This is like that—like stupid itchy labels we need to cut out.

Labels keep life simple:

  • It’s a BOGO sale on shoes. Bring your discount card.
  • Thursday night is Open House.
  • Luggage over 50 lbs. costs more to check onto a flight.
  • He’s a graphic designer.

But things aren’t always simple:

  • If I miss the BOGO sale, can I still use my discount card?
  • Who will be at the Open House and what’s going to happen there?
  • What if my luggage is 50.5 lbs.? Can I still get the lower rate?
  • Is he good at digital design?

In the middle of everything we have to do, when our time is stretched paper thin, we want the quick, easy, slap-on label or answer even when it doesn’t technically fit, so we can check that thing off our list, and move on to whatever is screaming for our attention next.

Easy labels tend to be extremes: people are “great” or “awful” situations are “perfect” or “terrible” opportunities are “exciting” or “a total waste of time”…only highs and lows, winners and losers. Gray areas and details take thought and time we just don’t have.

The other day, my friend Janine got scorched by a client who told her, “Look, the speech you wrote for me was awful. I can’t use it. I’ll rewrite it myself.” No way was the whole speech awful—Janine’s got 10 years of experience, and she’s good—but it was easier for him to slap an “awful” label on the whole thing than it would be to take the time to parse the good parts from the ones he wanted to change.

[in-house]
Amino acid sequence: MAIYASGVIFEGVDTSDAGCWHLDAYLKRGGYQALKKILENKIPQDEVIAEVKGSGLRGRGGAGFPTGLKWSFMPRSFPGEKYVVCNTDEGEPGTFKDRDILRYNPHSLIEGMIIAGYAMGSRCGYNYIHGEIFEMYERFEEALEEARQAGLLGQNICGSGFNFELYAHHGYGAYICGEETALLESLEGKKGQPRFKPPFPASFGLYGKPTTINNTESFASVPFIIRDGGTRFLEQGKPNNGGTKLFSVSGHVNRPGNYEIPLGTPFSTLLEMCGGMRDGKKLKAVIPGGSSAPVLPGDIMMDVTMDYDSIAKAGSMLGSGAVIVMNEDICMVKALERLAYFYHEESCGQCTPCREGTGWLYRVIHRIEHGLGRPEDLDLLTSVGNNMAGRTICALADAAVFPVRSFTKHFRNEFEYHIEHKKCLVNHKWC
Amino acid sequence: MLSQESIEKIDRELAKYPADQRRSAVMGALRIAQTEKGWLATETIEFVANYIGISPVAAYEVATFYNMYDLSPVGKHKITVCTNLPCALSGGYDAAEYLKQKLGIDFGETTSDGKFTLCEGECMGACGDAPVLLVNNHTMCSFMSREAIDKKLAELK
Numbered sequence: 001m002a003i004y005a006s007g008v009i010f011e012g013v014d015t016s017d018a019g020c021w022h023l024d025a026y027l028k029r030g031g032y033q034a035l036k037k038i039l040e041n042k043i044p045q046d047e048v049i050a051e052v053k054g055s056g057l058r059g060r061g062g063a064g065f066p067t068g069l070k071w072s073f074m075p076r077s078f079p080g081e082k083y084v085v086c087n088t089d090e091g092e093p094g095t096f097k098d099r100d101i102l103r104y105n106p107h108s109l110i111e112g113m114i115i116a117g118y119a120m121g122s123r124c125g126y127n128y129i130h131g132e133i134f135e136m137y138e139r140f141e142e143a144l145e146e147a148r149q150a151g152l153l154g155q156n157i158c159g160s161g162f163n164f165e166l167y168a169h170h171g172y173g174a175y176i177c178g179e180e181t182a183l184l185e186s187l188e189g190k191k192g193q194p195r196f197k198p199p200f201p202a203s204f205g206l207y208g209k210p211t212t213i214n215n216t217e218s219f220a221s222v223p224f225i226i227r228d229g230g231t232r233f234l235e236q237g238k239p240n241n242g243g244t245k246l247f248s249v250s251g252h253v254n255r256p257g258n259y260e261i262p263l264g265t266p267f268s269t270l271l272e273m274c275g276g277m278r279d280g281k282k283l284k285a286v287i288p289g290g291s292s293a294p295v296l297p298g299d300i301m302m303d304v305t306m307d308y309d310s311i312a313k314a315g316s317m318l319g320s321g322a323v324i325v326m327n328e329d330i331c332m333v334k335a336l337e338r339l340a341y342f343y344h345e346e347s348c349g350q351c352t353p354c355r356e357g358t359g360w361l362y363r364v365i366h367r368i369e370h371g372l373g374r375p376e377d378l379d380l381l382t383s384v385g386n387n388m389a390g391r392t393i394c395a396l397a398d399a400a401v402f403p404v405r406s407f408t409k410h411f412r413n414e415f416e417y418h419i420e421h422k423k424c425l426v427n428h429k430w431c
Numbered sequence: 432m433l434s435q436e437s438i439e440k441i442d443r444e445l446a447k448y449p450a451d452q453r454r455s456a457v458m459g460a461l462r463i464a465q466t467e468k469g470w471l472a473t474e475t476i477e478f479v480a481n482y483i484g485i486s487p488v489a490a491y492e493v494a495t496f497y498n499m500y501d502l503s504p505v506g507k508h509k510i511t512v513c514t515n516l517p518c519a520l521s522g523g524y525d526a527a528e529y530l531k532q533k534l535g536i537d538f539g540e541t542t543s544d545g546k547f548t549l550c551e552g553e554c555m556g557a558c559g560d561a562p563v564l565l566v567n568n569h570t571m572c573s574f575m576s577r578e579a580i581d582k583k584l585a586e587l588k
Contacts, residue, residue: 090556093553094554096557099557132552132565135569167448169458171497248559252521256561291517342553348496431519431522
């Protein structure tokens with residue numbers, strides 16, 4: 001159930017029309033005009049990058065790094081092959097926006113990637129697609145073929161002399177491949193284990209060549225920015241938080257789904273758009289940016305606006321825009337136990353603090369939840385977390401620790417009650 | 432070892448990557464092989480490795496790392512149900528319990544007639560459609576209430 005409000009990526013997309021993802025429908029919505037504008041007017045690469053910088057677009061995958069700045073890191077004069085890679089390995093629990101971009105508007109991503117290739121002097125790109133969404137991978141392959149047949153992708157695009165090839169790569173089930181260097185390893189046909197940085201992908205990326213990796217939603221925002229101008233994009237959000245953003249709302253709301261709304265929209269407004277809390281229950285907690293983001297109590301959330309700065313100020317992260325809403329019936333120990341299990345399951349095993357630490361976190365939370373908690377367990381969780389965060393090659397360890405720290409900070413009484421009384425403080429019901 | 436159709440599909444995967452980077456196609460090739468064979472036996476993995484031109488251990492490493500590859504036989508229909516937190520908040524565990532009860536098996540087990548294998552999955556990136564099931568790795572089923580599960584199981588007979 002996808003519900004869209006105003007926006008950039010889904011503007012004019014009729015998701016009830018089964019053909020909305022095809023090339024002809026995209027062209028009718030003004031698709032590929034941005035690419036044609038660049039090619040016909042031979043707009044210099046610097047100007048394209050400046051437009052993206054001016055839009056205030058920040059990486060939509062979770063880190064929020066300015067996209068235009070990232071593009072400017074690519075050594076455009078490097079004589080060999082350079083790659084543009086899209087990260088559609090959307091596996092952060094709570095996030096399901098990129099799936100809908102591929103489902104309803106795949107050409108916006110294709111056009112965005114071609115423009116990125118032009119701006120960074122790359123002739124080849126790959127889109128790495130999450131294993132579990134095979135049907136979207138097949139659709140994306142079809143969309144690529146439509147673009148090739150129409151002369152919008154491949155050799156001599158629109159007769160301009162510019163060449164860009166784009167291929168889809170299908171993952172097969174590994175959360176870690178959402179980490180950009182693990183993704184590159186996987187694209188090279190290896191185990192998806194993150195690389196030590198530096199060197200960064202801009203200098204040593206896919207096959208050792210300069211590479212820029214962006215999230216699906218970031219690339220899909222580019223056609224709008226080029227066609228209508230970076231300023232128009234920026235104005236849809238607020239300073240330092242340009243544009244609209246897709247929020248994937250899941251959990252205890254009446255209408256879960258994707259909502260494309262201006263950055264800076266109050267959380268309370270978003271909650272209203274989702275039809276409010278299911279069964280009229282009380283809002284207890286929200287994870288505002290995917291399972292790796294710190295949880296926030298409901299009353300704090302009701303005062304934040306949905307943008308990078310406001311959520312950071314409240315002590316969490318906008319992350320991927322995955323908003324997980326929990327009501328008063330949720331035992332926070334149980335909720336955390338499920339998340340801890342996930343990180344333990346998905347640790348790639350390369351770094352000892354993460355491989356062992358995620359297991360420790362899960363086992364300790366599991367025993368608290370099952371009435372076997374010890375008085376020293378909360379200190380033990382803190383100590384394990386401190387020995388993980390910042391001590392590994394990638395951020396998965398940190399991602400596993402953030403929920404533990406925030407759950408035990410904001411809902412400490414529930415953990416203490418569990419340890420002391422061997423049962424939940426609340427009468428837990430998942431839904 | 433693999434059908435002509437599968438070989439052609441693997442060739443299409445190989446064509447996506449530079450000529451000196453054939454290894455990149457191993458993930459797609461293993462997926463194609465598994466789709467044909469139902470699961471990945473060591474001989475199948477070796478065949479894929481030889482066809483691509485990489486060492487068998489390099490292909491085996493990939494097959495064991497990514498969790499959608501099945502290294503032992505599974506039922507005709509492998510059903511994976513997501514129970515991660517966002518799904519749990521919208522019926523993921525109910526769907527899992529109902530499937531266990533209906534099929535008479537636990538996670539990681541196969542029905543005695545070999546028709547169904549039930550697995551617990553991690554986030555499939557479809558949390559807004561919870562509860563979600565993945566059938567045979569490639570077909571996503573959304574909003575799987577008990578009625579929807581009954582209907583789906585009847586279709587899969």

The chance to change
And though clear labels keep life organized and easy (I mean think of the chaos if we had “STOP-only-if-you’re-in-the-mood signs” or prescription labels that said, “Take twice a day-ish,” they can be really dangerous when it comes to us. They can make us feel stuck:

  • “I’m so unorganized.”
  • “I’m always late.”
  • “I can’t dance.”
  • “I’m a bad cook.”
  • “I’m just a bookkeeper. I could never do anything else.”
  • “I have a bad temper.”

None of these are permanent conditions. None of them. But if we say them often enough, and we allow other people to say them about us, or we agree with them, they sure sound permanent.

The truth is, beautiful someone, easy labels are wrong, or more precisely, they may be true today, but they’re not permanent conditions. There’s always a chance to change. You may be unorganized today, but you can fix that with some folders and a label maker. So you’re not a great cook? Buy some cookbooks and take a class. Can’t dance? Everyone can dance. Sick of bookkeeping? Start looking for another job. Philosopher and poet Søren Kierkegaard once said, “When you label me, you negate me.” Exactly. So let’s not.